“Now we, fellow Jewish brothers and sisters in Messiah, are as Isaac was, the children of promise. But as it was then, he that was born after the flesh persecuted him that was born after the Spirit, even so it is now. Nevertheless, what does the scripture say? ‘Cast out the bondwoman and her son: for the son of the bondwoman shall not be heir with the son of the freewoman.’ So then, fellow Jewish brothers and sisters in Messiah, we are not children of the bondwoman, but of the free.” –Galatians 4:28-31
As the matriarch of Israel, Sarah saw the danger that Ishmael posed to her son and his Godly mission. Sarah’s response is not one of vindictiveness but of protection.
Gen 21:11 And the thing was very grievous in Avraham's sight because of his son.
Avraham was grieved both by his son Ishmael’s behavior and due to the resulting need for expelling him from the camp.
Pirke Eliezer calls this the most difficult of Avraham’s trials (Pirke Eliezer, c 30 ).
Gen 21:12 And God said to Avraham, “Let it not be grievous in your sight because of the boy, and because of your maid-servant; shema listen to all that Sarah has said to you, hear her voice; for in (through) Yitzchak your seed will be called (identified).”
The Targum of Yonatan reads, “Listen to all that Sarah has said to you, hear her voice, for she is a prophetess.”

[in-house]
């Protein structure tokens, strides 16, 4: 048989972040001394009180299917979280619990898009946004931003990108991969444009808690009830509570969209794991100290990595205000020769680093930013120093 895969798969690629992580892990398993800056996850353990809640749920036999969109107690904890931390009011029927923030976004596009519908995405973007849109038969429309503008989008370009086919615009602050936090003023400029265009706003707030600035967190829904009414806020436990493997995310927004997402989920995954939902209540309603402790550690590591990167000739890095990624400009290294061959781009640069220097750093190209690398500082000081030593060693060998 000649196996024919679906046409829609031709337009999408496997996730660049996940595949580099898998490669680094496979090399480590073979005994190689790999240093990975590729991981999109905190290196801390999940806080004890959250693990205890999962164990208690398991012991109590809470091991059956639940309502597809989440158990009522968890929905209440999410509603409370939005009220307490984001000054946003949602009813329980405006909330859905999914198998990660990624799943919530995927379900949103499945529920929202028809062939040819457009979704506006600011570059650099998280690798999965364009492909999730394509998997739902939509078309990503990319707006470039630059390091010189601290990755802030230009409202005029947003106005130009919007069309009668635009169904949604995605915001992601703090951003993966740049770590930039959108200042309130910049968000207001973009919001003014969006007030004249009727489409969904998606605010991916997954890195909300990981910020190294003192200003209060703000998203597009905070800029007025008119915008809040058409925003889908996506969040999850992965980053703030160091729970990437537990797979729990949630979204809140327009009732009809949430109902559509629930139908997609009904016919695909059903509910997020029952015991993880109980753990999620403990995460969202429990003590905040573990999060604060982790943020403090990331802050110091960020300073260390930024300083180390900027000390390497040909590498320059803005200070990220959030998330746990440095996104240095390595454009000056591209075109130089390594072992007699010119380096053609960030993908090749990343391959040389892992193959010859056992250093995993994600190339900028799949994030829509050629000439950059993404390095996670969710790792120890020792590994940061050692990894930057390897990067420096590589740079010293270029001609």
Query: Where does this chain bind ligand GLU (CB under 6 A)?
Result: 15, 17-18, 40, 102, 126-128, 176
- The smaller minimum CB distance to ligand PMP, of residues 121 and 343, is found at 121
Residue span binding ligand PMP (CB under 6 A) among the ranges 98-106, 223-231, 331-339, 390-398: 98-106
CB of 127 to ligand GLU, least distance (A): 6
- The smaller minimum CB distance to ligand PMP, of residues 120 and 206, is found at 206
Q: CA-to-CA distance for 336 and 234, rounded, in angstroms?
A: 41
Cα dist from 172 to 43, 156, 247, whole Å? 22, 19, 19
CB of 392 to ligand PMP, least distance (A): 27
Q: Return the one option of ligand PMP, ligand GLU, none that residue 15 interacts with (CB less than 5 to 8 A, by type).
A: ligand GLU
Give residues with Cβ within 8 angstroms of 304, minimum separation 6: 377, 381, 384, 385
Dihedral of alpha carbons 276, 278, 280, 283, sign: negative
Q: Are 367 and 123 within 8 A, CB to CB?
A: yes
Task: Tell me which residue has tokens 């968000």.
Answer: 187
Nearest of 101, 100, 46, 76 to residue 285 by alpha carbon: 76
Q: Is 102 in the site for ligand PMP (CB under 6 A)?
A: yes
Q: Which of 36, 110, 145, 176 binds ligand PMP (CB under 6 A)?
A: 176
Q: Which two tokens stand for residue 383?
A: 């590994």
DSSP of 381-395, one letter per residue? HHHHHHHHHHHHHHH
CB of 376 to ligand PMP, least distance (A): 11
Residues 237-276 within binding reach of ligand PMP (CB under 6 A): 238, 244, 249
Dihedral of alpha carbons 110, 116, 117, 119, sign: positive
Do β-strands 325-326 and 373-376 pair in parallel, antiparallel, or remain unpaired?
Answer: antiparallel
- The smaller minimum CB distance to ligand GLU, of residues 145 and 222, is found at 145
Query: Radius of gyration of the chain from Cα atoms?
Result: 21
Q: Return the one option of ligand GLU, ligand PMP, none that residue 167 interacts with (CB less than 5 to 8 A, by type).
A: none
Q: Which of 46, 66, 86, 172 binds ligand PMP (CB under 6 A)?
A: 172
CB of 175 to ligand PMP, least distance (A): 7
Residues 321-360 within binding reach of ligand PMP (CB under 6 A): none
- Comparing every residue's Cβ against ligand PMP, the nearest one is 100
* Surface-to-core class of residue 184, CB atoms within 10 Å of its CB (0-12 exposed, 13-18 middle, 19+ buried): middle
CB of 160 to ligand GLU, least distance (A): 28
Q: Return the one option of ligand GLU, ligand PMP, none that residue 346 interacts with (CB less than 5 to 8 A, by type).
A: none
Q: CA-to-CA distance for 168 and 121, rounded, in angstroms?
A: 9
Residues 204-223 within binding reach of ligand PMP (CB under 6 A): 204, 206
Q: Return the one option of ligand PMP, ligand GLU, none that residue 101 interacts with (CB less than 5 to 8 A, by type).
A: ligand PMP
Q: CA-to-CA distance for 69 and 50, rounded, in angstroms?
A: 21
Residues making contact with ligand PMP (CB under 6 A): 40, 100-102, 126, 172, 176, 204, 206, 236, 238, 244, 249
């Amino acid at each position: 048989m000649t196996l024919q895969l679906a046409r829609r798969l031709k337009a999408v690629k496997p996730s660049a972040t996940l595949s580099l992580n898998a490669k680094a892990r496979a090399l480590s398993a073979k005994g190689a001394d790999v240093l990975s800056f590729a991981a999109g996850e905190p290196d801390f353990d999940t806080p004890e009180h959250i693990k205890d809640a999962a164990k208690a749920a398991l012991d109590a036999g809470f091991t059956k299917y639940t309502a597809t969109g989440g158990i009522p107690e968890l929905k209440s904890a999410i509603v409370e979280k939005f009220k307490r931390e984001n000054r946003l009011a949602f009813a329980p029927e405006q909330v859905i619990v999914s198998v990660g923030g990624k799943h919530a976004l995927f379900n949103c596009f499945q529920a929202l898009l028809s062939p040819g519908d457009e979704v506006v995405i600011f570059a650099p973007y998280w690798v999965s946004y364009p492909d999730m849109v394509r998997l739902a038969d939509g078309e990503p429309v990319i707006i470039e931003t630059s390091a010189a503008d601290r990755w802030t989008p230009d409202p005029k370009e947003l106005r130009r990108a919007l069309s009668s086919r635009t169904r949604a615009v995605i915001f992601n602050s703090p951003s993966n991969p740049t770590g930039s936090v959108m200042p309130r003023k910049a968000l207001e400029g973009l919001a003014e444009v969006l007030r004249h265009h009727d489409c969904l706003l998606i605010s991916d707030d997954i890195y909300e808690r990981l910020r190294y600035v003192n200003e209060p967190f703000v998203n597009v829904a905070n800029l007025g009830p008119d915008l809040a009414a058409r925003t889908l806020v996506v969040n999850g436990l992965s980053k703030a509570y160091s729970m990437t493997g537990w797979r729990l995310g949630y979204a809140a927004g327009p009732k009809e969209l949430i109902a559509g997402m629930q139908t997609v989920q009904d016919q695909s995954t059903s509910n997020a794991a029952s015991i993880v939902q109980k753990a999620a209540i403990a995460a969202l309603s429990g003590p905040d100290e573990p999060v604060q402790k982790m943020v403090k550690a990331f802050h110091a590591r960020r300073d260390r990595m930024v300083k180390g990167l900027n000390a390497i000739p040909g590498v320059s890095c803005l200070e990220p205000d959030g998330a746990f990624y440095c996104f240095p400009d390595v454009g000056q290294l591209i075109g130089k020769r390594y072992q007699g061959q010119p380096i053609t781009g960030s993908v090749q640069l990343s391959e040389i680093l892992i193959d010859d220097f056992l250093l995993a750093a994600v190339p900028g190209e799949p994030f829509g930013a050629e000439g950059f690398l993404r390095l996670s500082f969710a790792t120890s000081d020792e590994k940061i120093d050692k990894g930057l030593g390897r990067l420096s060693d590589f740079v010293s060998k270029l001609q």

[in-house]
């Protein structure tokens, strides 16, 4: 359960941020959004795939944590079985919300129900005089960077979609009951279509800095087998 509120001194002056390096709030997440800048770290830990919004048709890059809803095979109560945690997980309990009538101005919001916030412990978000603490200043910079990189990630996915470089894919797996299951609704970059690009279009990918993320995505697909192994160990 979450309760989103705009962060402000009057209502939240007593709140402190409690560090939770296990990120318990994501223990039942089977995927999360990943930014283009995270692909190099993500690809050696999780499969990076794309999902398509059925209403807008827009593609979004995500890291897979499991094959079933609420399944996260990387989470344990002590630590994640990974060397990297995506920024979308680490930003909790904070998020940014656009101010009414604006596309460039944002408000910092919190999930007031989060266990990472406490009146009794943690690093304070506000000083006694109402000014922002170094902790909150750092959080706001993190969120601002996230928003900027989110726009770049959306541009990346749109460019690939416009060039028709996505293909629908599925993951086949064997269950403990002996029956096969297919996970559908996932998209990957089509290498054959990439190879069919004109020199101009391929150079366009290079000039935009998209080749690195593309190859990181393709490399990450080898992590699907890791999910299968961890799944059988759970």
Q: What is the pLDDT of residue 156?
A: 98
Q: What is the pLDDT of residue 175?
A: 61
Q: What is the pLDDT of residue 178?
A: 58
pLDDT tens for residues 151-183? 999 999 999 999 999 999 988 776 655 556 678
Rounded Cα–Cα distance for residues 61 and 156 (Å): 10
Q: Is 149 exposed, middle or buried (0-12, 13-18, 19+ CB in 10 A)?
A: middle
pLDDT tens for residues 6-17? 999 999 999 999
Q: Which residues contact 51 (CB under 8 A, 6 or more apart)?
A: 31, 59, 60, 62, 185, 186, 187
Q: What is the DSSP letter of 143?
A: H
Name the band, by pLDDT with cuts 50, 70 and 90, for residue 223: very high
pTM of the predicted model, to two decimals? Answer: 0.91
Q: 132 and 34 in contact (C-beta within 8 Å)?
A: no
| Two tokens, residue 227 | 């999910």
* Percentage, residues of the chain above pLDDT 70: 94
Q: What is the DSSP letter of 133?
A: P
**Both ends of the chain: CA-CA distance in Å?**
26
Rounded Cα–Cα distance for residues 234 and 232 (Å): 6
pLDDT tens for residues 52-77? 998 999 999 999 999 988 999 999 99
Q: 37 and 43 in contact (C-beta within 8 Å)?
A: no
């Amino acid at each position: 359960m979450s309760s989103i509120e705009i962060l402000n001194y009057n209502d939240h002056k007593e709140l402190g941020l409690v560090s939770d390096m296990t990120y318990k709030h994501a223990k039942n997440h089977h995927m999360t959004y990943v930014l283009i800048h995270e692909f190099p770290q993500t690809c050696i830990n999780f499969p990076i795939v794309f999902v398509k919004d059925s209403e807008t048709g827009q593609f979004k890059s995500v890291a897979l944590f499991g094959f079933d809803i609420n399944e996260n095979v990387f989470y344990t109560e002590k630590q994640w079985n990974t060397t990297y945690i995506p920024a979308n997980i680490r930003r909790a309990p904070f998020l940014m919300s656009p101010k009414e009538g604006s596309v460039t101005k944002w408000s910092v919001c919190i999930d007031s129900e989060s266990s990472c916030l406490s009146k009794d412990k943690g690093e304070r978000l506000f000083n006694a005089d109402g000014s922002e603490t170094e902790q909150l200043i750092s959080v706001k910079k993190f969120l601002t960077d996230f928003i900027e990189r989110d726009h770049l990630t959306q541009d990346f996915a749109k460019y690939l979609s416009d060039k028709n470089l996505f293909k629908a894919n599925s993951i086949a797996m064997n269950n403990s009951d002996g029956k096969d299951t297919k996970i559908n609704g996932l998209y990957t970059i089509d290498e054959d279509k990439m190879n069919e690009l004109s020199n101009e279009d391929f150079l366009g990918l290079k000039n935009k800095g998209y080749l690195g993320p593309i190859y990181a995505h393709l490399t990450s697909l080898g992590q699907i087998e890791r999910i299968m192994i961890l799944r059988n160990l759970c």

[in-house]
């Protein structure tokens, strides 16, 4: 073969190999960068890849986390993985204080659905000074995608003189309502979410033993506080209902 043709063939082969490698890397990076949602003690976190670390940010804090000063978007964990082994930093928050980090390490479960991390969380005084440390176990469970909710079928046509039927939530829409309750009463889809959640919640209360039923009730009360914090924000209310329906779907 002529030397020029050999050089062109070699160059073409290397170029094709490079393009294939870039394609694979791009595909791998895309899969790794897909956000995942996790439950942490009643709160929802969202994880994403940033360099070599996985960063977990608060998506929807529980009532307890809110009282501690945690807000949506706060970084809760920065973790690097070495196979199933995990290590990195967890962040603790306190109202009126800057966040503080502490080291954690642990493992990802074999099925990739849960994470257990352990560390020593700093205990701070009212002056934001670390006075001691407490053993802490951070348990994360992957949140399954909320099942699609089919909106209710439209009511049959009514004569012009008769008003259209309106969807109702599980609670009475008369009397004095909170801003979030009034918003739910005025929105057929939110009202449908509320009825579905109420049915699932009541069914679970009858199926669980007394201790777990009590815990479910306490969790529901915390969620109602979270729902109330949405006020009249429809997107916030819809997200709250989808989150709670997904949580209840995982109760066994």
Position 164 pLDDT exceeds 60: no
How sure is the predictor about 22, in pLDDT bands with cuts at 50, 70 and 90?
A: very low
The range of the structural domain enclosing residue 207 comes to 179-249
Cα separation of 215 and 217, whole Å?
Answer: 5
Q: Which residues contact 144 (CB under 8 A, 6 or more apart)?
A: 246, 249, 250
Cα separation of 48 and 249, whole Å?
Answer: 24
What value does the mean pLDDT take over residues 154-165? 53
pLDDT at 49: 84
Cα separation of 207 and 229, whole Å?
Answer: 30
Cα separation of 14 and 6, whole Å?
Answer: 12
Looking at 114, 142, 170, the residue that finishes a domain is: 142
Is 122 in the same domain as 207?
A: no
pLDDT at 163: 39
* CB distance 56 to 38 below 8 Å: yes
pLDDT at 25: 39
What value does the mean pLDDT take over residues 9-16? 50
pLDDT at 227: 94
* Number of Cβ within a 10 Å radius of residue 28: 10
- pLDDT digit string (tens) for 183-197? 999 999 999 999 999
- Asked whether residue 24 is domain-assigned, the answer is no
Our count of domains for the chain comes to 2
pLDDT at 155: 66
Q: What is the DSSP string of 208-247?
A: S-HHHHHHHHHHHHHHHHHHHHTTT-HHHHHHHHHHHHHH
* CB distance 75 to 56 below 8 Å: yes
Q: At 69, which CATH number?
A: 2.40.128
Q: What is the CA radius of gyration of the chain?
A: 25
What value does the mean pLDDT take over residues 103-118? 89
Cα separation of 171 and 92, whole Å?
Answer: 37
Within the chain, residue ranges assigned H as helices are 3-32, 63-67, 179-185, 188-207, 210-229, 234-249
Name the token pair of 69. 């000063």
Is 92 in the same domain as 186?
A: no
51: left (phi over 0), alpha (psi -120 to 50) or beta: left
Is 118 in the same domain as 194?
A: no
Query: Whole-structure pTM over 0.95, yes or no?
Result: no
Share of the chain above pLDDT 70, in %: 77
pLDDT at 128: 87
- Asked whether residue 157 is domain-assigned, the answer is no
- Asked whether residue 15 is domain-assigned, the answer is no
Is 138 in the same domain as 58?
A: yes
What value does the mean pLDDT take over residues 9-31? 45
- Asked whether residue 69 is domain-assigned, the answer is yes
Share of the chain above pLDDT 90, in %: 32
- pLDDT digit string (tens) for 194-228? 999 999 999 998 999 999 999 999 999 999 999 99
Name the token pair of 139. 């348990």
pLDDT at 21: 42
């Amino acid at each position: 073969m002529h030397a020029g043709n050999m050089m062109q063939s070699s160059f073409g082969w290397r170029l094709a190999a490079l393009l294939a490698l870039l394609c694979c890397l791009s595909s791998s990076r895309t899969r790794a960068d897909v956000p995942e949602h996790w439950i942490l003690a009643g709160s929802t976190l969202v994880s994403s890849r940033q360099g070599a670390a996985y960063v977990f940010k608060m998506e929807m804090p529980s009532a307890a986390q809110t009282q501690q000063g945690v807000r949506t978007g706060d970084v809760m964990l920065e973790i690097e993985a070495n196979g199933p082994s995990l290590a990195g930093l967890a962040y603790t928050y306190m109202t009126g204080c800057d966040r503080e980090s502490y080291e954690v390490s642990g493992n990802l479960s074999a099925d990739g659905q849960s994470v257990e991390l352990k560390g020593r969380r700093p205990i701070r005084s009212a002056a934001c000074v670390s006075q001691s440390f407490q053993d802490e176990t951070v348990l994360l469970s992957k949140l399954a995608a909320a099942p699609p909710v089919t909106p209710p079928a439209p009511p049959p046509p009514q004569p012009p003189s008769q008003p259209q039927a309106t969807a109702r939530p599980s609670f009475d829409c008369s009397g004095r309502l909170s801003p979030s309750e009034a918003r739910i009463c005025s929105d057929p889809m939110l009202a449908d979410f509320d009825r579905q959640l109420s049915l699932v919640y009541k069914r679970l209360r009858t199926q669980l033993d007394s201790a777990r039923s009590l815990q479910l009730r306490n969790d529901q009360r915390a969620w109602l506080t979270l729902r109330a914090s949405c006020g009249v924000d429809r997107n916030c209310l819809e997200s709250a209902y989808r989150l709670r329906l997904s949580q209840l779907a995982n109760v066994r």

The Talmud refers to Sarah’s protection of Isaac’s rights as evidence of the fact that she is a prophetess (b. Meg. 14a).
The Hebrew, “Shema”, listen, hear, understand, comprehend; is used here in the present continuous or perfect tense of the Hebrew. It is the positive counter to the use of the same word in the past tense in Genesis 3:17, where Adam has listened (Shema’ta) to the flawed advice of Eve. By listening to Eve’s advice Adam invited sin into the world, whereas by listening to Sarah’s advice (via HaShem) Avraham invites light into the world. That is, Isaac was to be the heir who would produce the struggling people Yaakov/Israel. Israel in-turn was to be light to the nations, a calling that was fulfilled by the Mashiyach Yeshua, born to the line of Avraham, Yitzchak and Yaakov according to His humanity.
God affirms Sarah’s instruction, which is an act of righteous trust. With these words Sarah becomes Israel’s second prophet. God reminds Avraham that Isaac is the chosen seed who will perpetuate the ministry of light to the nations through his son Yaakov, Israel.
Gen 21:13 And also of the son of the maid servant will I make a nation, because he is your seed.
By way of consolation God comforts Avraham with the knowledge that He will also take good care of Ishmael, making him a great (subservient) nation.